Winter is by far one of the most magical times of years for families, friends and even furry companions. However, just as there are certain traditions that may put humans at risk, there are some holiday traditions that could prove to be potential hazards for your four-legged friends. Before you delve too deep into the winter and holiday season, here are a few things to keep in mind if you're a new pet owner:
Keep an Eye on the Foods that You Serve
Baked goods are staples of the holiday season. However, you need to be careful that these are not shared with your furry companions. You also need to make sure everyone in the house knows not to share the sweet treats with the animals in the house. There are some specific foods to pay extra special attention to.
These include chocolate, which can result in vomiting and diarrhea with small amounts and seizures and heart arrhythmias in large amounts. In rare cases, large amounts of chocolate consumption can result in the animal's death. Dogs tend to be more susceptible to the chemical toxicity of chocolate than cats. Grapes and similar foods (raisins) can cause dogs (not cats) to suffer from dehydration, lethargy, diarrhea and eventually kidney failure, if not treated.
Be Careful with the Plants You Choose to Display
Holly and mistletoe are two types of plants that are very popular at Christmastime. However, if you have pets inside the home, then you need to reconsider. Holly is mildly to moderately poisonous to cats and dogs. It can cause vomiting and diarrhea. Your pet will likely drool, smack and shake its head when it has ingested holly. More often than not, your pet will likely lose its appetite. Mistletoe is the same level of toxicity for cats and dogs. When ingested in small amounts, it can result in vomiting, diarrhea, drooling and stomach pain. However, larger amounts can cause low blood pressure, abnormal heart rate, drunken walking, collapse, seizure and potentially even death.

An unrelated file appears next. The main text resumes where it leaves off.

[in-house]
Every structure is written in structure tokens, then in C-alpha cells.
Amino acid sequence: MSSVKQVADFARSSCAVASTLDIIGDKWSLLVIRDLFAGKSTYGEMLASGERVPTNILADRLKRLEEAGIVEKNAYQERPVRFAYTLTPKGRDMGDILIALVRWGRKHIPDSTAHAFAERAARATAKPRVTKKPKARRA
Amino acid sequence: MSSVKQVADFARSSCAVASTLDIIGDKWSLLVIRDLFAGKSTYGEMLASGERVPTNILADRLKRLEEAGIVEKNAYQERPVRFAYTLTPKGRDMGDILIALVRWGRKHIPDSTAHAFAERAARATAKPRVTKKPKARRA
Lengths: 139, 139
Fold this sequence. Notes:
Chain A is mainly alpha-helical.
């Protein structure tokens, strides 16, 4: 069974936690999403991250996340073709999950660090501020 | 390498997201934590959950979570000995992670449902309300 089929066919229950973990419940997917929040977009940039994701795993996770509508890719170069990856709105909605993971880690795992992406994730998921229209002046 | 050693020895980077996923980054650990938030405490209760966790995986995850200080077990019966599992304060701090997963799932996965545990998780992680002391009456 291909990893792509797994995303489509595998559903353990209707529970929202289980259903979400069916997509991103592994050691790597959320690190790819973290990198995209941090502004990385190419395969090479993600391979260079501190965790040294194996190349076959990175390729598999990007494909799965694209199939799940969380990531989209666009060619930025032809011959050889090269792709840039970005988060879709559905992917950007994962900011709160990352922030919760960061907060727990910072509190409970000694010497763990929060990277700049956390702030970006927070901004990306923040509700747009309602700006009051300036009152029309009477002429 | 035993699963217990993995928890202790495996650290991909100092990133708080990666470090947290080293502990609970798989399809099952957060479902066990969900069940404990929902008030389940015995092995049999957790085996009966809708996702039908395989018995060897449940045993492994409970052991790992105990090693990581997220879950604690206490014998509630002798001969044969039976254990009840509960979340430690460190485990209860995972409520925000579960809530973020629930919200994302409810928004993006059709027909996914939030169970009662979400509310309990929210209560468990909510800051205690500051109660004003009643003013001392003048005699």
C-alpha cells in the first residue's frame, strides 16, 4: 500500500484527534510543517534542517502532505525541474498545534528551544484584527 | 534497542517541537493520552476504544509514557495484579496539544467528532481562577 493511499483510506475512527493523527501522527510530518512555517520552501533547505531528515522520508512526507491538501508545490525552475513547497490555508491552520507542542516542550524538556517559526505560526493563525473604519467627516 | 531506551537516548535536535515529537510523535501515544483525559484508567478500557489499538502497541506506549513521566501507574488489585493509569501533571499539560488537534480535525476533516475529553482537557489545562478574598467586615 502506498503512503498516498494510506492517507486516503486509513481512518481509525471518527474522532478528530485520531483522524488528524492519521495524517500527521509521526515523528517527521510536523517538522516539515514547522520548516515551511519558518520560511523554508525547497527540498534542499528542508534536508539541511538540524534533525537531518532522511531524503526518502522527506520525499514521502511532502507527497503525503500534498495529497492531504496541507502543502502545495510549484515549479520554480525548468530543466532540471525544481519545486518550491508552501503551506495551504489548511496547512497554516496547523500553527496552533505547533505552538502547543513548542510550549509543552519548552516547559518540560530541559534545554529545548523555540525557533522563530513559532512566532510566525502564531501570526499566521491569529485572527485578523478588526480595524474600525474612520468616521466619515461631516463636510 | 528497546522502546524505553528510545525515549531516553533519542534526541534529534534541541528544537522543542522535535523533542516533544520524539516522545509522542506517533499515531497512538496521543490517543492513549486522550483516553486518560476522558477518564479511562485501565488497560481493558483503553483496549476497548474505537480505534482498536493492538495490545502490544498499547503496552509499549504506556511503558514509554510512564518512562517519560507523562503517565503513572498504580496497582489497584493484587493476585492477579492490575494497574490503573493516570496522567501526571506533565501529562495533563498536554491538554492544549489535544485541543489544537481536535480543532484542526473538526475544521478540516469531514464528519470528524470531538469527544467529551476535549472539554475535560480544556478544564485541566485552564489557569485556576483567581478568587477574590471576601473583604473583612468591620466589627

Tinsel isn't necessarily "toxic" per se, but it is incredibly dangerous. If your pet ends up consuming some of the tinsel, the decoration could bunch up and twist inside the intestines causing serious injury that could require expensive surgery to remove the tinsel. Your pet will likely lose its appetite, become weak, vomit and paw at the mouth.
If see any of the aforementioned symptoms regarding any of these holiday dangers, it is imperative that you contact a local veterinarian immediately. Alternatively, you can call the ASPCA Animal Poison Control Center at 1-888-426-4435. For questions about wintertime dog care, contact your pet's veterinarian.